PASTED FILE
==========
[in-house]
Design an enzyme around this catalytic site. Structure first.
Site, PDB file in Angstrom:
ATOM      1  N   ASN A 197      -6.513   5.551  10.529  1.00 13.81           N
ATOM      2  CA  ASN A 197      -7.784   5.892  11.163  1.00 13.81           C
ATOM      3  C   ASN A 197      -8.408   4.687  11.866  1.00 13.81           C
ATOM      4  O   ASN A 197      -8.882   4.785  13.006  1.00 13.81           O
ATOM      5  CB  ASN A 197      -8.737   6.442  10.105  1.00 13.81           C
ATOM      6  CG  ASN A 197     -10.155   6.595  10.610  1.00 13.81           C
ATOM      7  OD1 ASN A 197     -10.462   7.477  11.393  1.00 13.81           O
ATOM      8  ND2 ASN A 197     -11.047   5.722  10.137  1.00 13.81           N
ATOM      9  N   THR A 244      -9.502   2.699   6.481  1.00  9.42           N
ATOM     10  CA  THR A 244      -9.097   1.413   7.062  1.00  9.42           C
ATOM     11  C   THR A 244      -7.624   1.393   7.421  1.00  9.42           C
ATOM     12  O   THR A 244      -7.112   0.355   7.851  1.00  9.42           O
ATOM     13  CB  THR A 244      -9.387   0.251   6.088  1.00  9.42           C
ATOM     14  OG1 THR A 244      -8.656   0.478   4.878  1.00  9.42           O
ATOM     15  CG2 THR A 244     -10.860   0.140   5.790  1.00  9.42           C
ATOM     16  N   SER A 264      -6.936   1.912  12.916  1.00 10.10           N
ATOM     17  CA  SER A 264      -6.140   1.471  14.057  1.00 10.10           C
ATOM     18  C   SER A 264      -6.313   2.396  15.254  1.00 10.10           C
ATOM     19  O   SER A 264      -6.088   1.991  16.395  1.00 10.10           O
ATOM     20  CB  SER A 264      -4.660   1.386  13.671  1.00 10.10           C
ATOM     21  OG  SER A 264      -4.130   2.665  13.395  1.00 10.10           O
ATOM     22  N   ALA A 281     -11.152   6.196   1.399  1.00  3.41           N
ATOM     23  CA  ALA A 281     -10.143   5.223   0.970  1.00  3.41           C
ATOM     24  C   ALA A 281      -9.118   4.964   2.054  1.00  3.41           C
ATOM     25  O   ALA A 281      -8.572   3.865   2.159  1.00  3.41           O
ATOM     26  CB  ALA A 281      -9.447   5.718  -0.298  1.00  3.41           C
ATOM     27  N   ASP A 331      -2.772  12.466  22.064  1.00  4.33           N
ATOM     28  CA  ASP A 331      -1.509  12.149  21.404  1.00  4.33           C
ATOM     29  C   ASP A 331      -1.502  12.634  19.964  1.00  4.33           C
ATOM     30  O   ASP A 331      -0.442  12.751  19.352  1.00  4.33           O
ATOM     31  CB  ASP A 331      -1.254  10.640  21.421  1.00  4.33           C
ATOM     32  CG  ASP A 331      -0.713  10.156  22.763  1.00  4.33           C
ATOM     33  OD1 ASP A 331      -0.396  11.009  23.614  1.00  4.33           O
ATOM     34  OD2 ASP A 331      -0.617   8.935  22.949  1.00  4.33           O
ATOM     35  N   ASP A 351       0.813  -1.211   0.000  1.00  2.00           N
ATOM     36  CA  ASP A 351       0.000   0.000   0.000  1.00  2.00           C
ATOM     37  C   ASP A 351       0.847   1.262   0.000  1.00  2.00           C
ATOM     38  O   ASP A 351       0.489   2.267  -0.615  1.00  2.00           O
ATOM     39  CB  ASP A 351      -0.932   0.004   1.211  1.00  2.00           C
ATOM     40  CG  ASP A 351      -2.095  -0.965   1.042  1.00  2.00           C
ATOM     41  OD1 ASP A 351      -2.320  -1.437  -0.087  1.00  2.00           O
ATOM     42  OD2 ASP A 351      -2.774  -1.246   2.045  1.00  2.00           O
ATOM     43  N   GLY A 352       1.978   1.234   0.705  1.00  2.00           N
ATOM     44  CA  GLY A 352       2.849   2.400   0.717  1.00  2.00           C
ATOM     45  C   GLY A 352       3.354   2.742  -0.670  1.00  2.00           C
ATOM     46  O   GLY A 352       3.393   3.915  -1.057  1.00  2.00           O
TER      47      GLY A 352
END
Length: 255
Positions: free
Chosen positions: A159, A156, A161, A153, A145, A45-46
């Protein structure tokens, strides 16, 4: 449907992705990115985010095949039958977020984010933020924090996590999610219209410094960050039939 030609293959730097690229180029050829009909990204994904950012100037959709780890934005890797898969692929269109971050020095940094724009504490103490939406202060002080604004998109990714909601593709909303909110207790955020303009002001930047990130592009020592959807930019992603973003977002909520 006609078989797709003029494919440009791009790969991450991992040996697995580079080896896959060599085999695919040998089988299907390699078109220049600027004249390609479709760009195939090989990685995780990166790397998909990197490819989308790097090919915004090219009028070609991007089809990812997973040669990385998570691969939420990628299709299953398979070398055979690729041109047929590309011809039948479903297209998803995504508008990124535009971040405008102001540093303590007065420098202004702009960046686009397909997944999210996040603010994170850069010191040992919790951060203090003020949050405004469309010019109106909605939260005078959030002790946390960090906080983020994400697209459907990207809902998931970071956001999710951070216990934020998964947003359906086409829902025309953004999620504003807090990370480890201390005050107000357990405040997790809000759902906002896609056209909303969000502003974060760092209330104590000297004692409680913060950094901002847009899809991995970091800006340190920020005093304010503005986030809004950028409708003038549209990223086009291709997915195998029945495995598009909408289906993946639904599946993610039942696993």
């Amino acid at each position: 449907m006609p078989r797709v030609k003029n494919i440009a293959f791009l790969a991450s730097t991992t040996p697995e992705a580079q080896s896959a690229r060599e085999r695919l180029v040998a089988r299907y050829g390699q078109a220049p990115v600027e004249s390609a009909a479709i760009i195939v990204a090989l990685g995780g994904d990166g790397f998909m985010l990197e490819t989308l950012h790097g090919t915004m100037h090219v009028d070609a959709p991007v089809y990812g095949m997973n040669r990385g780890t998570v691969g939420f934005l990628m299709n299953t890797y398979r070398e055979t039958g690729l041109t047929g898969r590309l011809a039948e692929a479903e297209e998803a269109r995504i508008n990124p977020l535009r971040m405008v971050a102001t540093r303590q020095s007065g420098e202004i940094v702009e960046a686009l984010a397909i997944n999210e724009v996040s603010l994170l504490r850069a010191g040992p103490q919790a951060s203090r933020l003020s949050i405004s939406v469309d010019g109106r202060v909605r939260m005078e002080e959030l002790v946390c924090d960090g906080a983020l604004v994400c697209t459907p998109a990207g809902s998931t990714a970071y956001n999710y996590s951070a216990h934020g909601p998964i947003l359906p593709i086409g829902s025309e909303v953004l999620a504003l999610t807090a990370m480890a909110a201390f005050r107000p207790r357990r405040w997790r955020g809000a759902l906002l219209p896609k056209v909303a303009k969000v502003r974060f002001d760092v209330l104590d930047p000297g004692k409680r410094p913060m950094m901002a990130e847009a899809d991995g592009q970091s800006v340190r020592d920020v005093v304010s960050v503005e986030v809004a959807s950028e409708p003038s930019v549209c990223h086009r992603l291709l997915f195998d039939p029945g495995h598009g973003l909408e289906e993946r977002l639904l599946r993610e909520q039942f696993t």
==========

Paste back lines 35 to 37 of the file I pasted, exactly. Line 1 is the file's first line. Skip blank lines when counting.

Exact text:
ATOM     32  CG  ASP A 331      -0.713  10.156  22.763  1.00  4.33           C
ATOM     33  OD1 ASP A 331      -0.396  11.009  23.614  1.00  4.33           O
ATOM     34  OD2 ASP A 331      -0.617   8.935  22.949  1.00  4.33           O